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Second vehicle crossing on mall to be permanent




Rod Gentry of Union Bank & Trust asks City Council to keep the vehicular crossing at 4th Street East

On June 18, 2007, the

Charlottesville City Council

reviewed the status of the Downtown Mall’s second vehicular crossing.

Council voted 3-2 to make the crossing permanent

and to have staff
bring back additional recommendations as to whether the crossing should
remain at Fourth Street East or be relocated to Fifth Street East.  Councilors Lynch and Norris voted against the proposal.

Councilors received a staff report which did not make a recommendation for or against the crossing and they heard from thirteen citizens during the public hearing in which residents made arguments both for and against the crossing of Charlottesville’s pedestrian Downtown Mall.


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“We are not making a recommendation as to whether or not
there be a mall crossing or not,” said Jim Tolbert, the City’s Director of Neighborhood Development Services. “There’s really no science that would
say there should be a crossing or there should not be a crossing. It’s
really a philosophical decision about whether or not the Mall is closed
to automobiles.”

The trial crossing at Fourth Street East was

initially approved by a 4-1 vote of City Council in April 2006

, in part, to make up for the loss of crossings at the East end of the mall eliminated by the mall’s extension for the First Amendment Monument, the Pavilion, and the Transit Center.  At the time, Councilor Kevin Lynch was the lone vote against the trial crossing.

After the vote, there was some debate as to whether this issue will require further
review before the City Planning Commission.  Acting City Attorney,
Allyson Davies, informed Council that state law required that road
changes of this type require the Planning Commission’s review.

In January 2006, the Planning
Commission voted 5-2 against the crossing

.  Tolbert suggested that their review had already taken place.  Staff will come back to Council with a clarification on this matter.

One issue that came up during the discussion was a reported drop in pedestrian traffic on the mall in the period following the approval of the one-year experiment. The study by engineering consultants RKK found a 22 percent drop between April 2006 and May 2007.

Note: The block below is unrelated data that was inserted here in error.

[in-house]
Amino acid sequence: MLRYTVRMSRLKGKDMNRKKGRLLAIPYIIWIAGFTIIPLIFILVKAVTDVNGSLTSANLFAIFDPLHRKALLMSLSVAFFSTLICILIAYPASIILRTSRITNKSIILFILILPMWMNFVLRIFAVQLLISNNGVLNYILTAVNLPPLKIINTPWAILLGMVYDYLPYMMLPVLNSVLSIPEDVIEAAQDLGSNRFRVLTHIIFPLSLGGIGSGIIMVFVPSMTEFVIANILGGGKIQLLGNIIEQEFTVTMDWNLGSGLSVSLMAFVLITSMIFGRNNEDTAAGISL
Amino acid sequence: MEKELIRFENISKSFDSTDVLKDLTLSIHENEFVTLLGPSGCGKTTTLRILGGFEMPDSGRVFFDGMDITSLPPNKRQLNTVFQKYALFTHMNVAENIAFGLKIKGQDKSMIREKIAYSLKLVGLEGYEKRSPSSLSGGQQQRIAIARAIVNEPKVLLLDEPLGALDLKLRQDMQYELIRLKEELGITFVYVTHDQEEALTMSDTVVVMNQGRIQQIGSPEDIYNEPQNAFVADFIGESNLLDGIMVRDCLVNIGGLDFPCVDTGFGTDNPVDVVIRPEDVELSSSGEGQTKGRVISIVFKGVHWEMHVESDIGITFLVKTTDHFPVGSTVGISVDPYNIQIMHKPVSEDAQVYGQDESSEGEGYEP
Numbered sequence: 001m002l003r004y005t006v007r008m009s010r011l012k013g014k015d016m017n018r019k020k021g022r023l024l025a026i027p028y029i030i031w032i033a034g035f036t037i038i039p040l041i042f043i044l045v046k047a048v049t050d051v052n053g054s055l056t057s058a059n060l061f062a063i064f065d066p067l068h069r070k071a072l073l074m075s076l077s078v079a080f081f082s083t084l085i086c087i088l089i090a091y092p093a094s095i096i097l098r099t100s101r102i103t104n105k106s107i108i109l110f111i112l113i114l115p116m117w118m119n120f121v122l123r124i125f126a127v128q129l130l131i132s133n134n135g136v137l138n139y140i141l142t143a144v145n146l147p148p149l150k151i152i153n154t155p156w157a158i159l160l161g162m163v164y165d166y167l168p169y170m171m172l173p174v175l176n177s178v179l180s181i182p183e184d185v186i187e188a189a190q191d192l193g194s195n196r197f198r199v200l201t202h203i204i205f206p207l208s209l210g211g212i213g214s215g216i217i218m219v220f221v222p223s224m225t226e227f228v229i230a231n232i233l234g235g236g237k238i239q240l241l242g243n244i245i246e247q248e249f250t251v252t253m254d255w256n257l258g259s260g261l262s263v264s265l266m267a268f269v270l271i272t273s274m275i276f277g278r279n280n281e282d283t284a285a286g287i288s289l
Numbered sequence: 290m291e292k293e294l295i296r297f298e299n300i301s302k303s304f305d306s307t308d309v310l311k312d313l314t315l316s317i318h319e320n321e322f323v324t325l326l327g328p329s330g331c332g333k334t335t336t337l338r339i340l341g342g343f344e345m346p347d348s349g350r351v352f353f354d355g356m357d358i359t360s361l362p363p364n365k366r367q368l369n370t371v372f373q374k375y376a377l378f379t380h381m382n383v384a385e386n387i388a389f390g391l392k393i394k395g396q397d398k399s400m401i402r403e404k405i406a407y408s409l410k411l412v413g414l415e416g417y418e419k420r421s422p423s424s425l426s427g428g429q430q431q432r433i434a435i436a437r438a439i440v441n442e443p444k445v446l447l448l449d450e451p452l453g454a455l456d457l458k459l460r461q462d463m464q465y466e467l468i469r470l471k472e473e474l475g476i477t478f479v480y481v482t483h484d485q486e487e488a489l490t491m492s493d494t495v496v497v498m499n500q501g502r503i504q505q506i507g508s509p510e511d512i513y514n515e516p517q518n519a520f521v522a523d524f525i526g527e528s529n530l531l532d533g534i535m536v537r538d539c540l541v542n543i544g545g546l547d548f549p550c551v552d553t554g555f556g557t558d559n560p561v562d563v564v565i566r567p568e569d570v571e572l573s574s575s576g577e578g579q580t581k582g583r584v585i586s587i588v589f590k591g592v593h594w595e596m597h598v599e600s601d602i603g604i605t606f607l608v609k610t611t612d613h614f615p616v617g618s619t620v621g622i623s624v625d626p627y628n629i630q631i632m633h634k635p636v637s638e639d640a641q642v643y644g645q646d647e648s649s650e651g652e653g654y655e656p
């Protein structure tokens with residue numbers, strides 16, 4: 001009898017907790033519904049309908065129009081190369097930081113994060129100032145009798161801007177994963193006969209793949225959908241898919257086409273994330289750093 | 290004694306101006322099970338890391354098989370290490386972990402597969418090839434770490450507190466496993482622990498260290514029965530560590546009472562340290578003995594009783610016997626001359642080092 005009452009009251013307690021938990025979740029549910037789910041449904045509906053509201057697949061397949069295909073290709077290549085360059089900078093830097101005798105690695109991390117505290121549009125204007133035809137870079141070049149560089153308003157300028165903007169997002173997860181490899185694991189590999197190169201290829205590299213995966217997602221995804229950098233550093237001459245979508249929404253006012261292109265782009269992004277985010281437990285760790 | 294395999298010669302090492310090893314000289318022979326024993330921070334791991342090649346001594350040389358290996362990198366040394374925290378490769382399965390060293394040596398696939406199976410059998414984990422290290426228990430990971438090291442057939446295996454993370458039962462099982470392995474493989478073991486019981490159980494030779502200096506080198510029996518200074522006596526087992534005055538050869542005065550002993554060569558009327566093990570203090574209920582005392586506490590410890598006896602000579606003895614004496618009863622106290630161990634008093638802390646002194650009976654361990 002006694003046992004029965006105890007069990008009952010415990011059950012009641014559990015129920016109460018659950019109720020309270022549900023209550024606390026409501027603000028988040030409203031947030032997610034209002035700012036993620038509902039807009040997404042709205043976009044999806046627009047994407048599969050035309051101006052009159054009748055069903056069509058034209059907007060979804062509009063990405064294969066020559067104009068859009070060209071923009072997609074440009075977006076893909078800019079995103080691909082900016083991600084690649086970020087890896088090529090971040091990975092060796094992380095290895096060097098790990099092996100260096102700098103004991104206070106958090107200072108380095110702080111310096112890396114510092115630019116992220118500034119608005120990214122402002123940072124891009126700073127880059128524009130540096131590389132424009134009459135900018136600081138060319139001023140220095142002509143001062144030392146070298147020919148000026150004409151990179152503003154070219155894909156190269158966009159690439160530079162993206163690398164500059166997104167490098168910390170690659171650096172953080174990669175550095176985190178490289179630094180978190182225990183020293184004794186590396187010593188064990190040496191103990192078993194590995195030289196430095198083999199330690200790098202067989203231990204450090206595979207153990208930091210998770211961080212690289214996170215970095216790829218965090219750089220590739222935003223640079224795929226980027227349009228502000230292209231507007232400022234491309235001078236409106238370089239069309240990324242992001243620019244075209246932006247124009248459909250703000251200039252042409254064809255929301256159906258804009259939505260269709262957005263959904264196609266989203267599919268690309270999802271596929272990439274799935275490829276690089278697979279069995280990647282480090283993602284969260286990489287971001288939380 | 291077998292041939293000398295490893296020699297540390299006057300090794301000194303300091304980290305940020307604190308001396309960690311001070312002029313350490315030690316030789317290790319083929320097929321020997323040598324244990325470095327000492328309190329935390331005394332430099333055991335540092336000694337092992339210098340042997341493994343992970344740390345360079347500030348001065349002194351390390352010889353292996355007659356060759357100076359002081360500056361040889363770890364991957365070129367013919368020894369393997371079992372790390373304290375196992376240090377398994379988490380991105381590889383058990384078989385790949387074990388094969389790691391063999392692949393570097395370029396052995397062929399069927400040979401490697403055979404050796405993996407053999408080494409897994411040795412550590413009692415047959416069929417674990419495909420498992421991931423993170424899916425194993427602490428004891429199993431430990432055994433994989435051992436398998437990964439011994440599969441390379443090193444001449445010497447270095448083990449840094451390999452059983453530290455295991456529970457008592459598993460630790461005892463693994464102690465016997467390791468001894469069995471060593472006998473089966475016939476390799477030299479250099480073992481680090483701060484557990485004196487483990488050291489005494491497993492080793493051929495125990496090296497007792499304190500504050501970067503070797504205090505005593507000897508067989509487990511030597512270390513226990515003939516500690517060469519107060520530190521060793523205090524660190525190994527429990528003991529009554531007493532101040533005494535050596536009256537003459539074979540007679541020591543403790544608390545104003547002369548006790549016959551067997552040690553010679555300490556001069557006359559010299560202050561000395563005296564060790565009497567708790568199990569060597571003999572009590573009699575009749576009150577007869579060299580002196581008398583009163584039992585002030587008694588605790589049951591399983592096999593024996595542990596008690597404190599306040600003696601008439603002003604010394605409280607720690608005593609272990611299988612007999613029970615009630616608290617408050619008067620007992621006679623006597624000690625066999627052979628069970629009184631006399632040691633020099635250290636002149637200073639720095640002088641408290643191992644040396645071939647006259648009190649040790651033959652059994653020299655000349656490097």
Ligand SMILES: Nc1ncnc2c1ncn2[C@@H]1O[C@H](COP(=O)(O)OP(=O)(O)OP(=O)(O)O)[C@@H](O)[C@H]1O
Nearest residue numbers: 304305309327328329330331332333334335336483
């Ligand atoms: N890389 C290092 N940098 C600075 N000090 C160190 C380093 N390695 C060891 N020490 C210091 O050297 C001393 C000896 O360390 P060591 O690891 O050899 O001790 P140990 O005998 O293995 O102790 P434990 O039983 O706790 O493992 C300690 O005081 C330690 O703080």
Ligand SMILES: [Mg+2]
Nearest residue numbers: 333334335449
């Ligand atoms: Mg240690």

Tim Hulbert of the Chamber of Commerce said those numbers meant the city had to improve its efforts to promote the Mall.

“I think it’s very clear that the decrease in pedestrian traffic may in fact be the canary in the coal mine regarding all the things we need to do as a community and as a city and as private enterprise to make sure this Mall stays accessible and vibrant, and that requires traffic, pedestrian and vehicular,” Hulbert said.


Kendra Hamilton

said the City needs to continue to monitor the drop in pedestrian traffic, but said the methodology of the study couldn’t explain the drop. “Is it because of competition from the county? Are those people simply choosing not to come into the City at all? We don’t know enough yet to say that the crossing is depressing pedestrian traffic?”


Julian Taliaferro

supported the second crossing at Fourth Street. “I am swayed by what I hear from the business community. It think it is important to listen to their opinion because it’s important to the future of the downtown that businesses do well.


Mayor Brown

said the decision was one of the hardest he’s had to make while in office. “We can all agree that there is no clear data that points in either direction. My opinions are I’ve never been particularly bothered by the vehicular crossing at Second Street and I don’t find this crossing impacts me particularly when I’m on the Mall.”

Crossing opponent

Dave Norris

expressed the concern that the second crossing affected the quality of Downtown. “Having another crossing  and bringing more cars on to the Mall has negatively affected the pedestrian experience. It’s negatively affected the aesthetic experience when you have noise and exhaust. The question is, do the benefits of the second crossing outweigh these negative impacts? At this point, I’ve not seen clear data.”

While he voted against a second crossing,

Kevin Lynch

said he would prefer Fifth Street because that would create a larger stretch of the Mall
unimpeded by vehicles. Tolbert told councilors it could cost up to $970,000 to switch the crossing to Fifth Street because utilities would need to be relocated and because the street would need to be rebuilt.  He said the costs “were essentially the same” for a permanent crossing at Fourth Street.


Highlights of the discussion:

Brian Wheeler